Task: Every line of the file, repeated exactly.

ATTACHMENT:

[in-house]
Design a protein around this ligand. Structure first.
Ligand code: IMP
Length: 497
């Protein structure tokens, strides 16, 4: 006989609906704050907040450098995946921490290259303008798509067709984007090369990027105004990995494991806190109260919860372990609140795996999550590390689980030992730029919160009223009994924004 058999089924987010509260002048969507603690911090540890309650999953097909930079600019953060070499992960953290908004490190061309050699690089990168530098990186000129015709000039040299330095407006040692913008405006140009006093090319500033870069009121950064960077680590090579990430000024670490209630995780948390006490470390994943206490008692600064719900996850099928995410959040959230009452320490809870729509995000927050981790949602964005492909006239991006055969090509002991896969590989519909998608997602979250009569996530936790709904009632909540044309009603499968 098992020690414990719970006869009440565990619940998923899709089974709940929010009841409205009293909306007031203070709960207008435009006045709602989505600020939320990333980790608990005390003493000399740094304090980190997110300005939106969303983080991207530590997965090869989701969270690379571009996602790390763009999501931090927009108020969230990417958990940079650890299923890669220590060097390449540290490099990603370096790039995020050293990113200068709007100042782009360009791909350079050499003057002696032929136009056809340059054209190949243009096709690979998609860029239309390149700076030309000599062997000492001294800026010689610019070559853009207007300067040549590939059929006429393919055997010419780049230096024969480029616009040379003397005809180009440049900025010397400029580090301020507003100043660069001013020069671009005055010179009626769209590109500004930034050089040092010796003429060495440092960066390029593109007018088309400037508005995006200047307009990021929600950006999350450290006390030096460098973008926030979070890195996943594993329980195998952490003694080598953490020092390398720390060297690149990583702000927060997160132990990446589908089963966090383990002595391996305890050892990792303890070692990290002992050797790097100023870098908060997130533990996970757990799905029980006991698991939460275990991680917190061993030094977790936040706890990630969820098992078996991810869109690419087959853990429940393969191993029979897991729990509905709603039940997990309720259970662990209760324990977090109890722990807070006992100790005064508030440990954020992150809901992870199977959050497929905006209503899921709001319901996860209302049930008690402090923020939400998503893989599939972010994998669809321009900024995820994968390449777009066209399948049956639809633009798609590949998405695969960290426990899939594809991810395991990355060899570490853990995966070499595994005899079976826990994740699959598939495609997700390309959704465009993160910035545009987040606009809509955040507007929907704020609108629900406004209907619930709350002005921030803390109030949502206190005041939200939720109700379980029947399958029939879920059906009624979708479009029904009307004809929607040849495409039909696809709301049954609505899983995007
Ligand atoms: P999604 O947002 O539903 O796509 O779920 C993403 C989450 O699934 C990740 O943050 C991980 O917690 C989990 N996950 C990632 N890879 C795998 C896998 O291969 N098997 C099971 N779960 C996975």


[in-house]
Design a protein around this ligand. Structure first.
Ligand code: IMP
Length: 497
């Protein structure tokens, strides 16, 4: 006989609906704050907040450098995946921490290259303008798509067709984007090369990027105004990995494991806190109260919860372990609140795996999550590390689980030992730029919160009223009994924004 058999089924987010509260002048969507603690911090540890309650999953097909930079600019953060070499992960953290908004490190061309050699690089990168530098990186000129015709000039040299330095407006040692913008405006140009006093090319500033870069009121950064960077680590090579990430000024670490209630995780948390006490470390994943206490008692600064719900996850099928995410959040959230009452320490809870729509995000927050981790949602964005492909006239991006055969090509002991896969590989519909998608997602979250009569996530936790709904009632909540044309009603499968 098992020690414990719970006869009440565990619940998923899709089974709940929010009841409205009293909306007031203070709960207008435009006045709602989505600020939320990333980790608990005390003493000399740094304090980190997110300005939106969303983080991207530590997965090869989701969270690379571009996602790390763009999501931090927009108020969230990417958990940079650890299923890669220590060097390449540290490099990603370096790039995020050293990113200068709007100042782009360009791909350079050499003057002696032929136009056809340059054209190949243009096709690979998609860029239309390149700076030309000599062997000492001294800026010689610019070559853009207007300067040549590939059929006429393919055997010419780049230096024969480029616009040379003397005809180009440049900025010397400029580090301020507003100043660069001013020069671009005055010179009626769209590109500004930034050089040092010796003429060495440092960066390029593109007018088309400037508005995006200047307009990021929600950006999350450290006390030096460098973008926030979070890195996943594993329980195998952490003694080598953490020092390398720390060297690149990583702000927060997160132990990446589908089963966090383990002595391996305890050892990792303890070692990290002992050797790097100023870098908060997130533990996970757990799905029980006991698991939460275990991680917190061993030094977790936040706890990630969820098992078996991810869109690419087959853990429940393969191993029979897991729990509905709603039940997990309720259970662990209760324990977090109890722990807070006992100790005064508030440990954020992150809901992870199977959050497929905006209503899921709001319901996860209302049930008690402090923020939400998503893989599939972010994998669809321009900024995820994968390449777009066209399948049956639809633009798609590949998405695969960290426990899939594809991810395991990355060899570490853990995966070499595994005899079976826990994740699959598939495609997700390309959704465009993160910035545009987040606009809509955040507007929907704020609108629900406004209907619930709350002005921030803390109030949502206190005041939200939720109700379980029947399958029939879920059906009624979708479009029904009307004809929607040849495409039909696809709301049954609505899983995007
Ligand atoms: P999604 O947002 O539903 O796509 O779920 C993403 C989450 O699934 C990740 O943050 C991980 O917690 C989990 N996950 C990632 N890879 C795998 C896998 O291969 N098997 C099971 N779960 C996975």